Twelve finalists were announced in March, including BIG group, for designing the new Nobel museum in Stockholm. Some of the other finalists are Rem Koolhaas' led OMA (where Ingels once worked), David Chipperfield Architects, the Japanese firm SANAA, and the Swiss company Herzog & de Meuron. It should be mentioned that in contrast to these established architectural “big fish”, BIG group came on the scene only in 2005 (Ingels and a partner had headed the architectural offices of PLOT up to that point), and immediately began to collect laurels. In 2010, Ingels opened an affiliate office in New York. They're currently working on a 600-unit apartment building in Manhattan with a view of the Hudson River; it will be completed in 2016 and is Ingels' first building to be built in New York. By trying to put an end to the era of vertical columns of sky-scrapers, the project “West 57” will bring a completely new type of residential architecture to New York. On a side note, in 2009 Ingels, along with two colleagues, established the design offices of KiBiSi (Lars Larsen, Bjarke Ingels Group and Jens Martin Skibsted), and their products have already been included in the MoMA collection.

Residential building West 57th Street, New York. To be completed in 2016

On 7 May, Bjarke Ingels was in Tallinn to give the lecture, “Theatre of Architecture”. The title wasn't simply borrowed – the lecture actually did take place on the stage of a theater with red velvet seats, pink stage-lights and the smoke of a discoteque. Various layouts of BIG group's projects were set up on the stage, but in the middle, on a pedestal, was a brightly-lit model for Tallinn's new city hall; titled “The Public Village”, BIG group won the international competition to design it, and are currently working on it. The lecture took place in a historical building – The Centre for Russian Culture (the former House of the Officers of the Fleet in Tallinn) – which is a shining example of neoclassic architecture. It was constructed after World War II, when Tallinn was still home to the headquarters of the Baltic Fleet. With a triangular gable and six Corinthian-style, square columns with capitals, the structure was finished in 1954. Remaining from the once-grandiose interior is a large collection of navy-themed paintings and a round ceiling-painting that features naval scenes. When Ingels was on the stage, a sickle and hammer “leered down” from above him, while red stars lined the edges of the stage... As he presented projects created by BIG group on the stage's screen, colorful blobs of light from a spinning disco ball danced across the red carpet of the opulent foyer, and a DJ was setting up his equipment for the after-party.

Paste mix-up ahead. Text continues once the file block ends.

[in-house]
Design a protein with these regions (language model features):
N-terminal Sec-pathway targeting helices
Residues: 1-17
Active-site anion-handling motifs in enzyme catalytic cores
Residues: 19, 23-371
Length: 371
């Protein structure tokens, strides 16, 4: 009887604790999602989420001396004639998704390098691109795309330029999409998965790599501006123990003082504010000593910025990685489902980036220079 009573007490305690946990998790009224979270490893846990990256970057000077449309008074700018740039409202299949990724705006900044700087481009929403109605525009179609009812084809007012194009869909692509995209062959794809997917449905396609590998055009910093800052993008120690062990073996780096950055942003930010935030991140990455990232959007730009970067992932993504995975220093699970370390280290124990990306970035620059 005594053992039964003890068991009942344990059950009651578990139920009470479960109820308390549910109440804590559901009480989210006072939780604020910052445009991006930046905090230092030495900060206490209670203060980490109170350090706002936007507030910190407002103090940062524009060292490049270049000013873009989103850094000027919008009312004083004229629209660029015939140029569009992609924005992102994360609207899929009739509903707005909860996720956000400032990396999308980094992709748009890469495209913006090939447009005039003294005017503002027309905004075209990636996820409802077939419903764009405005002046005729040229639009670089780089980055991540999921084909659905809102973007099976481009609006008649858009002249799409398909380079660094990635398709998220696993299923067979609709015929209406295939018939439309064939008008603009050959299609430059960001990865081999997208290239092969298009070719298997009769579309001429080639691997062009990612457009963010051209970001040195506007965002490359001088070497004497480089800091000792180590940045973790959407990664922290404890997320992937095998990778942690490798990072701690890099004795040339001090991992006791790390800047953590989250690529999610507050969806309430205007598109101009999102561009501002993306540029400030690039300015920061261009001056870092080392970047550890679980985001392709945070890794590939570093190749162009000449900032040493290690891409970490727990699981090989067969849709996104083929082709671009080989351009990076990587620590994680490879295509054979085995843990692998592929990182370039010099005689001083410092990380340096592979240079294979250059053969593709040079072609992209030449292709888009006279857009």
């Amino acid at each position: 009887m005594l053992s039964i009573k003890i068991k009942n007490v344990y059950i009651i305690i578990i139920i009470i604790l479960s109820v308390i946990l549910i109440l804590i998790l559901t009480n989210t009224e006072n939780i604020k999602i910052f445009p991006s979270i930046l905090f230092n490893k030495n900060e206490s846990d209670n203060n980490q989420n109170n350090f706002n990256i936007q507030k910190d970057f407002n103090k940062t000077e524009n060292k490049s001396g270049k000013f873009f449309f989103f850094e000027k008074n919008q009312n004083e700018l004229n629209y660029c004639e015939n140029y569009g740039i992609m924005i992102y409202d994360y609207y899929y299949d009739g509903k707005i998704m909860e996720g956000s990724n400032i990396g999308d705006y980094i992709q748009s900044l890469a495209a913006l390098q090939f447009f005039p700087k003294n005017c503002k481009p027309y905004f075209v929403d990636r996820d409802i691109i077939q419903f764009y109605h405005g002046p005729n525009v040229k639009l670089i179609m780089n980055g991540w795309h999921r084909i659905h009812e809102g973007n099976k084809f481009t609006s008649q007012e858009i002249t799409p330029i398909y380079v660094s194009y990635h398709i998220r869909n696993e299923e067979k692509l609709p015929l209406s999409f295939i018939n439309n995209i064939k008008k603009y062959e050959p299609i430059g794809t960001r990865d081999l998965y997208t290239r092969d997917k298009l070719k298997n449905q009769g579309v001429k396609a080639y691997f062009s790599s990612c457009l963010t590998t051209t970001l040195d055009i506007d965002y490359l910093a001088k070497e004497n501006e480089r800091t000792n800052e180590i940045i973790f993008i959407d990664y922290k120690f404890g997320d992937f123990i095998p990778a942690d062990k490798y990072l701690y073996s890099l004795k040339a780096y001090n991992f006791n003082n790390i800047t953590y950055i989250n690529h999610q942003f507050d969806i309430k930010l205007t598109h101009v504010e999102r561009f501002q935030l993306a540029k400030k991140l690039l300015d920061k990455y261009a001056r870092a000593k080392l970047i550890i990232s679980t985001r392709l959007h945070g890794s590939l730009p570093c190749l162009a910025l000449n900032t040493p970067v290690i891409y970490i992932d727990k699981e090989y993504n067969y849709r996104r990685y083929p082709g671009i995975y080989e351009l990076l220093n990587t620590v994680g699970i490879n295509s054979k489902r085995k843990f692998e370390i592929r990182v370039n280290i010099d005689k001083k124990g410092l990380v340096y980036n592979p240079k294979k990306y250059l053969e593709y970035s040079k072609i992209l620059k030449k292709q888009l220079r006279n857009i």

Three hours before the start of the lecture, the local Estonian TV station films Ingels in the park adjacent to the Centre for Russian Culture. I've arrived at the moment that the cameras have just finished filming Ingels' “baby-face” (as the magazine Fast Company described him two years ago), and I am reminded of an article in The New Yorker that said that he looks more like a nightclub DJ than an architect. Broad-shouldered and a bit incensing, Bjarke Ingels makes one think of a content, young tomcat. We greet one another and he settles onto a sunny park bench, his brown eyes lightly taunting.